Mutations in the gene encoding adenosine deaminase (ADA; a key enzyme of the purine salvage pathways) cause the autosomal recessive disease severe combined immunodeficiency (SCID). When ADA function is absent or impaired, the toxic metabolites adenosine, 2’-deoxyadenosine, and deoxyadenosine triphosphate accumulate in cells, causing severe lymphocytopenia affecting T‑ and B‑lymphocytes and NK cells.
Hang on, you’ve lost me. What does that ACTUALLY mean? And how useful was that little piece of text? It all depends on your level of scientific and medical knowledge of your audience.
For the general public
This paragraph would be simply dismissed— it’s impenetrable. For the more scientifically and medically literate, it may translate into “a mutation causes SCID, which sounds like bad news, a bit like AIDS.”
For a non-expert healthcare professional (HCP)
The key piece of information about lymphocytopenia may provide a bit of extra context about how the disease could impact patients, with the gravity of the condition extrapolated from the name (severe! [and] combined! immunodeficiency disease).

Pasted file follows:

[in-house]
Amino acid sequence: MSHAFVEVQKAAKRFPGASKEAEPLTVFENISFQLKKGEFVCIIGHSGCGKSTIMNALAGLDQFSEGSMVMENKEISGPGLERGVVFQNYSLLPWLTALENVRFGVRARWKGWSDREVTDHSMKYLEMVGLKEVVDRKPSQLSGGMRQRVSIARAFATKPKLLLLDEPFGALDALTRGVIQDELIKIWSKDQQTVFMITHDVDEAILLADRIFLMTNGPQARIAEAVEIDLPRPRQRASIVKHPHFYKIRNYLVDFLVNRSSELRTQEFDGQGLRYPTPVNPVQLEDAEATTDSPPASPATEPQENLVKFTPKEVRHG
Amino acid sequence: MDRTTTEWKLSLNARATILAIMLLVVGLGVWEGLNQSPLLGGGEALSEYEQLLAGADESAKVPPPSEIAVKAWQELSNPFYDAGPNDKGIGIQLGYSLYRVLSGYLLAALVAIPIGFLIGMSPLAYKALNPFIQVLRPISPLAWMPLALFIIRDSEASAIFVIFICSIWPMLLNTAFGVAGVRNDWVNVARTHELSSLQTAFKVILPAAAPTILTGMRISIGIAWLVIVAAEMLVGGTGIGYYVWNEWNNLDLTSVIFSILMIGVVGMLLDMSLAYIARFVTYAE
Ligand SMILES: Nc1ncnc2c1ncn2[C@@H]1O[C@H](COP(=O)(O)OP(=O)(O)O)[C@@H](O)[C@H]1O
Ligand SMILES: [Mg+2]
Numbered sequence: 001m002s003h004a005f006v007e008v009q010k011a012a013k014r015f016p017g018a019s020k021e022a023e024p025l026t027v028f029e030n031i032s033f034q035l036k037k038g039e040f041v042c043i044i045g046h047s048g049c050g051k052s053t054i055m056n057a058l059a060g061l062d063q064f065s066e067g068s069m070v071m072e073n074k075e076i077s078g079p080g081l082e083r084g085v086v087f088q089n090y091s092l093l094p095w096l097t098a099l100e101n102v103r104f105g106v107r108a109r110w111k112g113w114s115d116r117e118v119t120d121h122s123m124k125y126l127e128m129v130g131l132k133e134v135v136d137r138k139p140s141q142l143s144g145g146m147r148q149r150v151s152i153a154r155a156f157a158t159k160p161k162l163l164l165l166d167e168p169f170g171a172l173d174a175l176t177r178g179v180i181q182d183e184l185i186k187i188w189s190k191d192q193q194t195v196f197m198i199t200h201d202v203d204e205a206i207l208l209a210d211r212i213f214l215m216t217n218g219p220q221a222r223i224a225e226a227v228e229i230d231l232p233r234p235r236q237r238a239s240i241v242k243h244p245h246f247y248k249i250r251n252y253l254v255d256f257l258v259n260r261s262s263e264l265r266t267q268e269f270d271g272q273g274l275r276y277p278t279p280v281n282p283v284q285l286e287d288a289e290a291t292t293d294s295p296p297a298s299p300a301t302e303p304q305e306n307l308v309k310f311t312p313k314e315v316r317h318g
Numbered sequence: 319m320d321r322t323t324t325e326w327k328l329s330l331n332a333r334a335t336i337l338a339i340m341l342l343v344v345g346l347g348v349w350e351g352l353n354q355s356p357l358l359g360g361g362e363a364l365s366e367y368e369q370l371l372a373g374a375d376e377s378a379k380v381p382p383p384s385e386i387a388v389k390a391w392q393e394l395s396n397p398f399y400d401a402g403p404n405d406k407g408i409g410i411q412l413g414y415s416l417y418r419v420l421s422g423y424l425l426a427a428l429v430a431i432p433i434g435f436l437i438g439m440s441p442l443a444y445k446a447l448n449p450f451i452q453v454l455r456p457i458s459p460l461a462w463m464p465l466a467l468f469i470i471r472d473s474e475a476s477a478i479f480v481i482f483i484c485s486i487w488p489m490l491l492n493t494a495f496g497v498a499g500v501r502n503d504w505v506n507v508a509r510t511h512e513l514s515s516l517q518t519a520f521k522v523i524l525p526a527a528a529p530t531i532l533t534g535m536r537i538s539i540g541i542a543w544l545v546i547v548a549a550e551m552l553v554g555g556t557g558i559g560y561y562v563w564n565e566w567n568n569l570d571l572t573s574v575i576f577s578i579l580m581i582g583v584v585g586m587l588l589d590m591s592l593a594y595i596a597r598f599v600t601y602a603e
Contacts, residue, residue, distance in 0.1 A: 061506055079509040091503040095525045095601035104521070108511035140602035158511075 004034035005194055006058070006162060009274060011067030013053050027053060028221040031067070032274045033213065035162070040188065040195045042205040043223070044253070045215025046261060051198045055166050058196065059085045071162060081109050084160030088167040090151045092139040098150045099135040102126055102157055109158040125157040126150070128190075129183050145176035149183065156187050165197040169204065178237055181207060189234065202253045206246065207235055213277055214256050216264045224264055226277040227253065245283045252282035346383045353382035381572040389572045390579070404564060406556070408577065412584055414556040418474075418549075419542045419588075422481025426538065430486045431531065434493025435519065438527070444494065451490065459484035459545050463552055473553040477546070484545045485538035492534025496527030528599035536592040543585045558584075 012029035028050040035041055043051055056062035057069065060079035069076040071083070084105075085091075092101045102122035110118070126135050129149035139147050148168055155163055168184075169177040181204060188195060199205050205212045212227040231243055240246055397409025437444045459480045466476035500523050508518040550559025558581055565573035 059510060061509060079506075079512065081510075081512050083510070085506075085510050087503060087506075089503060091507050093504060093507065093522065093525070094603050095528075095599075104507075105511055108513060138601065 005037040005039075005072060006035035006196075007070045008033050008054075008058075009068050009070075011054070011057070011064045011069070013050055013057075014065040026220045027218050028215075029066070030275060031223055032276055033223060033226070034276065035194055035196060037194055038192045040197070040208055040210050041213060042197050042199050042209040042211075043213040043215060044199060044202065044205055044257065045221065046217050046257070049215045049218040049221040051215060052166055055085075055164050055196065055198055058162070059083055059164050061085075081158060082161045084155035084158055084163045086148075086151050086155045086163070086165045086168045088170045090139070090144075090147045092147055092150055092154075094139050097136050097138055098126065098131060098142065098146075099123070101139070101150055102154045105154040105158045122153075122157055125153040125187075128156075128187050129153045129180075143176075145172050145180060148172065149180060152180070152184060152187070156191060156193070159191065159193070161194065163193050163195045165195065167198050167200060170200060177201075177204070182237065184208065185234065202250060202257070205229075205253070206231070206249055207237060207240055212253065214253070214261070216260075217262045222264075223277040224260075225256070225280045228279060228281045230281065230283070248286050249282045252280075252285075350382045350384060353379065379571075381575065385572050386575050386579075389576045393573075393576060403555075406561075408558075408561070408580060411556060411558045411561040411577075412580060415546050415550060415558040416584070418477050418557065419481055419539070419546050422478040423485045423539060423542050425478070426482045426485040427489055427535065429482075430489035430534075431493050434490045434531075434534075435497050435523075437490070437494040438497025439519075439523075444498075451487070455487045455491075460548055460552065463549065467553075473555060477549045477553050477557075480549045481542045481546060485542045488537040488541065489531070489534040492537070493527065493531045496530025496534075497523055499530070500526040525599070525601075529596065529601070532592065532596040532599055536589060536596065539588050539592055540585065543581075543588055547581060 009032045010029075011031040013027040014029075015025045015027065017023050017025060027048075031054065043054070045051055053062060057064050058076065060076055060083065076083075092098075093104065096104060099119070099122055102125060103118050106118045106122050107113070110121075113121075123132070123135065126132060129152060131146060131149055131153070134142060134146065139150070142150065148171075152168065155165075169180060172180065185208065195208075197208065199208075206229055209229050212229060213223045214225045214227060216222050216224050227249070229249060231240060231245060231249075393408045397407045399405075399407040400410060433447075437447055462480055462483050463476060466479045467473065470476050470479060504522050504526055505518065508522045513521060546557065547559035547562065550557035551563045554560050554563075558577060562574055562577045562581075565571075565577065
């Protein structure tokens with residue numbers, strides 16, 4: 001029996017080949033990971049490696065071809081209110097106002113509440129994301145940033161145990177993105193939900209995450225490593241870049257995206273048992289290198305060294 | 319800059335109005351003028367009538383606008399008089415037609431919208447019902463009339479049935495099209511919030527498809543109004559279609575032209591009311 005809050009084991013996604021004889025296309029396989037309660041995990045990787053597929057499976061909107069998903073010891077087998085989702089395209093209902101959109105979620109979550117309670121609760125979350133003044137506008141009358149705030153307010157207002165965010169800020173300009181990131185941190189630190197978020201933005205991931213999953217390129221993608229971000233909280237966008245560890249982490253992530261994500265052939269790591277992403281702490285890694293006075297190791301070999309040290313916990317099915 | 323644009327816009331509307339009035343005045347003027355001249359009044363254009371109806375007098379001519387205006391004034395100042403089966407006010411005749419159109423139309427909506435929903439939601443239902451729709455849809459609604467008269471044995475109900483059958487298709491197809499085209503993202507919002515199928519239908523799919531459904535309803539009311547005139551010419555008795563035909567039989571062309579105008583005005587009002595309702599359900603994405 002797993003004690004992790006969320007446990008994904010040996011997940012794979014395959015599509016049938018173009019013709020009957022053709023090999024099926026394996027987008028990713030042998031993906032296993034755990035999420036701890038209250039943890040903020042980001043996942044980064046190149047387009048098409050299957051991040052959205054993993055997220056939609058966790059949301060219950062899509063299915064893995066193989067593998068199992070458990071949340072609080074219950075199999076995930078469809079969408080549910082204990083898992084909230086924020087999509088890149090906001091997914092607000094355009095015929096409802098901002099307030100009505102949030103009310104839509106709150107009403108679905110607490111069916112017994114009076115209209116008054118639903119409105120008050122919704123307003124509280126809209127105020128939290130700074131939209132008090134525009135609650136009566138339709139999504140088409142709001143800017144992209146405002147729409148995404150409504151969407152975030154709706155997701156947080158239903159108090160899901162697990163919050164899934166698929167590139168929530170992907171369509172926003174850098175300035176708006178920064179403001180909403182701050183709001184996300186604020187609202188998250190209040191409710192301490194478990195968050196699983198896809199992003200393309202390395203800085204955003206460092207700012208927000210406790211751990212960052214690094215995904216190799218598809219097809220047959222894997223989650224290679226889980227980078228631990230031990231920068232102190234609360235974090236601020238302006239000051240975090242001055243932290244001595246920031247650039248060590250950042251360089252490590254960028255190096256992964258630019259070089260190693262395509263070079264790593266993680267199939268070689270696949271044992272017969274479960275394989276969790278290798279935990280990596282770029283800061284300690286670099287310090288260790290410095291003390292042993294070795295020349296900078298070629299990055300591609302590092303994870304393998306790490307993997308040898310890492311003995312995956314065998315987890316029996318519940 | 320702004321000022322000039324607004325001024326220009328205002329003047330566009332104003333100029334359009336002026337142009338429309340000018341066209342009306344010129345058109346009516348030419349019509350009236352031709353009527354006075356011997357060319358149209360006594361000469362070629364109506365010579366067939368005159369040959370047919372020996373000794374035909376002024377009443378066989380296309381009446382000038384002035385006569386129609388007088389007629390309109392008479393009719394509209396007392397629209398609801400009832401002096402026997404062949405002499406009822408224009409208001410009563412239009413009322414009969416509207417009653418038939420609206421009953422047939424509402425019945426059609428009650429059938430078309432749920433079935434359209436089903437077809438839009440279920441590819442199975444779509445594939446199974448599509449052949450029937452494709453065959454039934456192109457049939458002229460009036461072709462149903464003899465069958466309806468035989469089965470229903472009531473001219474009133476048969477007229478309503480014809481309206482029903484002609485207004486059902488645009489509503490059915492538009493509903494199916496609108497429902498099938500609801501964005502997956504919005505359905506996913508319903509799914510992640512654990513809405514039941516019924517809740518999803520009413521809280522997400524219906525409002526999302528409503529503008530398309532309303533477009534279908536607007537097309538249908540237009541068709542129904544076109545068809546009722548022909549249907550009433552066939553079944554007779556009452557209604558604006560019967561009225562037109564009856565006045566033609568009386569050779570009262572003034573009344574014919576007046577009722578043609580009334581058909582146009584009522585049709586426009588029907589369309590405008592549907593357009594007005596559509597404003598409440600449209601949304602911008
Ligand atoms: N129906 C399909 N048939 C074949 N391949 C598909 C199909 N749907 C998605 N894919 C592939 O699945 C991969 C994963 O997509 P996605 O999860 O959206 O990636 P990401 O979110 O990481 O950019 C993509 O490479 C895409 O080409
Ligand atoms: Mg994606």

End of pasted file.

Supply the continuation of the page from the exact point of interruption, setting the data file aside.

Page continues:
For the expert
The paragraph is probably redundant. You aren’t telling them anything they do not already know, and you’re possibly taking up valuable time.
Clearly, communicating your message in the right way for your target audience is key, and although we all have access to vast amounts of information at our fingertips, the job is not straightforward. This is especially true for complex and targeted cell and gene therapies with novel modes of action that leverage novel biomarkers and complex delivery methods.
The science behind these therapies is at the cutting edge of healthcare innovation, and there is a wide range of understanding (from none to highly literate) across both patient and healthcare professional populations that must be considered when planning a communication.
For patients, regulators, payers, and healthcare professionals alike, questions are also raised about the robust nature of the data—especially for accelerated approvals. As a result, conversations around the risk and benefit of these therapies become more challenging: Digestible communications are needed to help those who are not experts in the science make (the right) decisions.
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